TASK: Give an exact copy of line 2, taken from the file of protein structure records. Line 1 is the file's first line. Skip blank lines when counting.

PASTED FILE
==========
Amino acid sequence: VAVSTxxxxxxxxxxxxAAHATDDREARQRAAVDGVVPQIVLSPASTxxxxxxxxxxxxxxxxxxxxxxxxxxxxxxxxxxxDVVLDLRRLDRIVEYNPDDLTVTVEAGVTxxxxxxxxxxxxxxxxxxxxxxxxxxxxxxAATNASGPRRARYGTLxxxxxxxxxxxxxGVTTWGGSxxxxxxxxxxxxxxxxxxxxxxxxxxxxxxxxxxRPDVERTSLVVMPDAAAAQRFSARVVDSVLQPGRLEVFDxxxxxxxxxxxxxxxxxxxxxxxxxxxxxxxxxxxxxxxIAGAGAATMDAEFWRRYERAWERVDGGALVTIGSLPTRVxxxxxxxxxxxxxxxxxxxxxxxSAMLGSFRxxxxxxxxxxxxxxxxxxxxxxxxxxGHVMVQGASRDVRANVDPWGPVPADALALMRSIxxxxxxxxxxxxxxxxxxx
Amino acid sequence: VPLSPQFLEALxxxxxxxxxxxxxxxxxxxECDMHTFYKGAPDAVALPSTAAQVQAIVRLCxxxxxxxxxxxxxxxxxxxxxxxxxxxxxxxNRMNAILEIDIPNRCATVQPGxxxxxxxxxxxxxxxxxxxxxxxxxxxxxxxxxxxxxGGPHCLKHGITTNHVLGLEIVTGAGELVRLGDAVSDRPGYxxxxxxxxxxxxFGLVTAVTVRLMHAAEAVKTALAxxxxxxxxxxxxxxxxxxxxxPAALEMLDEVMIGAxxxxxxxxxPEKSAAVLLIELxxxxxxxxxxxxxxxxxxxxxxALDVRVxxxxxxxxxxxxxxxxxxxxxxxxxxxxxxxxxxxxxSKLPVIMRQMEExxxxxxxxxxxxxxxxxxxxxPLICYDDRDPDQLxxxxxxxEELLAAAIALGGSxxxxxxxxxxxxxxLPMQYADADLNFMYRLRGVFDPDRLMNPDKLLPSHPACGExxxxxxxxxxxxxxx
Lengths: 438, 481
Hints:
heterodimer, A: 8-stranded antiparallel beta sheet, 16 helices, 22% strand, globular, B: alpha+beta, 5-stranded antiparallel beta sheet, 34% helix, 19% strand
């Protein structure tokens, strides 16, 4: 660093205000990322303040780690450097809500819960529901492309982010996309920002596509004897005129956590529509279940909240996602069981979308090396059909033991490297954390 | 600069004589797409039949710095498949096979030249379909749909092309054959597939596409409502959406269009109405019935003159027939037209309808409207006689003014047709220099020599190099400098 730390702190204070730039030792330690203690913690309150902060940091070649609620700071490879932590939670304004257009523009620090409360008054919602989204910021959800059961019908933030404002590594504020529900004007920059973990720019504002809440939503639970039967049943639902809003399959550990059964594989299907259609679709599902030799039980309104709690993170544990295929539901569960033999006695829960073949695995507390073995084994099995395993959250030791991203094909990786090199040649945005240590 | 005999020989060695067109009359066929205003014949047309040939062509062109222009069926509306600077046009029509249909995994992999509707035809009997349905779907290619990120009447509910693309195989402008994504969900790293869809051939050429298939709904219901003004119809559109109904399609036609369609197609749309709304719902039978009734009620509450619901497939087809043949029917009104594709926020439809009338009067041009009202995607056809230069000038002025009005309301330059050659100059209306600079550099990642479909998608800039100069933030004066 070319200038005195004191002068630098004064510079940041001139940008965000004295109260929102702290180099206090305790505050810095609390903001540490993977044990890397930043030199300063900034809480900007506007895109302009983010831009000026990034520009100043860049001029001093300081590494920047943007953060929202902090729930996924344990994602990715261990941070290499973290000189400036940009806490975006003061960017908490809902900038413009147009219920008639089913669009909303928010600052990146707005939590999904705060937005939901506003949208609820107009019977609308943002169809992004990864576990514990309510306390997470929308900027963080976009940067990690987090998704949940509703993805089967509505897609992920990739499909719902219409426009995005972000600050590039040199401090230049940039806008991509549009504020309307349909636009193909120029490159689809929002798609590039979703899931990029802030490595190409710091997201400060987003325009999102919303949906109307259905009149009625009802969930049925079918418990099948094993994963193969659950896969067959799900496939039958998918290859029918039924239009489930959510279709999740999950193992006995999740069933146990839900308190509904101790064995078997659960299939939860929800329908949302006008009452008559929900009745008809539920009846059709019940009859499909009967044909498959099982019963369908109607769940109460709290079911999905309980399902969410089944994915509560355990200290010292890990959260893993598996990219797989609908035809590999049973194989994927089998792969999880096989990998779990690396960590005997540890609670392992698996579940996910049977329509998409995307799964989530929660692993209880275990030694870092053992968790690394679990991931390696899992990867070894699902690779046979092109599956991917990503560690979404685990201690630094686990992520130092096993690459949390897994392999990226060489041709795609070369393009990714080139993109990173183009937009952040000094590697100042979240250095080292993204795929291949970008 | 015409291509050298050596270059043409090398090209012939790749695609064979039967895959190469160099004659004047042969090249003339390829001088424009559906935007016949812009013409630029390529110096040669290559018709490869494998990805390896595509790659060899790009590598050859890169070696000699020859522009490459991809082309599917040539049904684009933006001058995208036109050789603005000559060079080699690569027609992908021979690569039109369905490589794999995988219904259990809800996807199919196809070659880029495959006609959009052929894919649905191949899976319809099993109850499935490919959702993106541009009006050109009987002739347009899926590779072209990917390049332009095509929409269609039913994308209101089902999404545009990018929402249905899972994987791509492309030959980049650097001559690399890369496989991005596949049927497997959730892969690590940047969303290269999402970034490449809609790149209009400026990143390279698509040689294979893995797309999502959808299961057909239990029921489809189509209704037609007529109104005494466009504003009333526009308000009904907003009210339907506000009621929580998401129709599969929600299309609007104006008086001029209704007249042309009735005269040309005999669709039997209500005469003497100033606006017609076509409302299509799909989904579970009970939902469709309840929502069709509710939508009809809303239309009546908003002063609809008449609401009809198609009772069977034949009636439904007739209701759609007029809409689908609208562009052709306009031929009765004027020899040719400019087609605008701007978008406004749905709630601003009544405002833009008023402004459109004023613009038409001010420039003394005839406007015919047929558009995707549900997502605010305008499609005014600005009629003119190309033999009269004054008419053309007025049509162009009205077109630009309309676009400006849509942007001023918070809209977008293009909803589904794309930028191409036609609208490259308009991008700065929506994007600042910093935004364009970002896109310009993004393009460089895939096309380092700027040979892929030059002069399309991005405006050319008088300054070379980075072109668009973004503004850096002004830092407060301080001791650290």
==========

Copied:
Amino acid sequence: VPLSPQFLEALxxxxxxxxxxxxxxxxxxxECDMHTFYKGAPDAVALPSTAAQVQAIVRLCxxxxxxxxxxxxxxxxxxxxxxxxxxxxxxxNRMNAILEIDIPNRCATVQPGxxxxxxxxxxxxxxxxxxxxxxxxxxxxxxxxxxxxxGGPHCLKHGITTNHVLGLEIVTGAGELVRLGDAVSDRPGYxxxxxxxxxxxxFGLVTAVTVRLMHAAEAVKTALAxxxxxxxxxxxxxxxxxxxxxPAALEMLDEVMIGAxxxxxxxxxPEKSAAVLLIELxxxxxxxxxxxxxxxxxxxxxxALDVRVxxxxxxxxxxxxxxxxxxxxxxxxxxxxxxxxxxxxxSKLPVIMRQMEExxxxxxxxxxxxxxxxxxxxxPLICYDDRDPDQLxxxxxxxEELLAAAIALGGSxxxxxxxxxxxxxxLPMQYADADLNFMYRLRGVFDPDRLMNPDKLLPSHPACGExxxxxxxxxxxxxxx